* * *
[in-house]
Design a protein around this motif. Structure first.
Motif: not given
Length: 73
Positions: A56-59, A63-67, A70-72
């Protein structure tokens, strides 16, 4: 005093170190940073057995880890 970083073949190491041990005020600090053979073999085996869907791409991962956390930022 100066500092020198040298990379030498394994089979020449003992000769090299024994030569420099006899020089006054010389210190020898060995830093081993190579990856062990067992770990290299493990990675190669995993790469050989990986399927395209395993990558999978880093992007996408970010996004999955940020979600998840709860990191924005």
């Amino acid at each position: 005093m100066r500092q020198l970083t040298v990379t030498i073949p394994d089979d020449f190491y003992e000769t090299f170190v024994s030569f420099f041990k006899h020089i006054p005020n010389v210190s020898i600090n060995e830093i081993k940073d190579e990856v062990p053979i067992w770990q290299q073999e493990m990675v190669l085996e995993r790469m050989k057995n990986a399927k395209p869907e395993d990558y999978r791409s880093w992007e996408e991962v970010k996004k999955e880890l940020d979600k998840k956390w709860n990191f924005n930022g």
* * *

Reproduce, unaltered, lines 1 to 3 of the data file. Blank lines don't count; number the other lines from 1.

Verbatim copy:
[in-house]
Design a protein around this motif. Structure first.
Motif: not given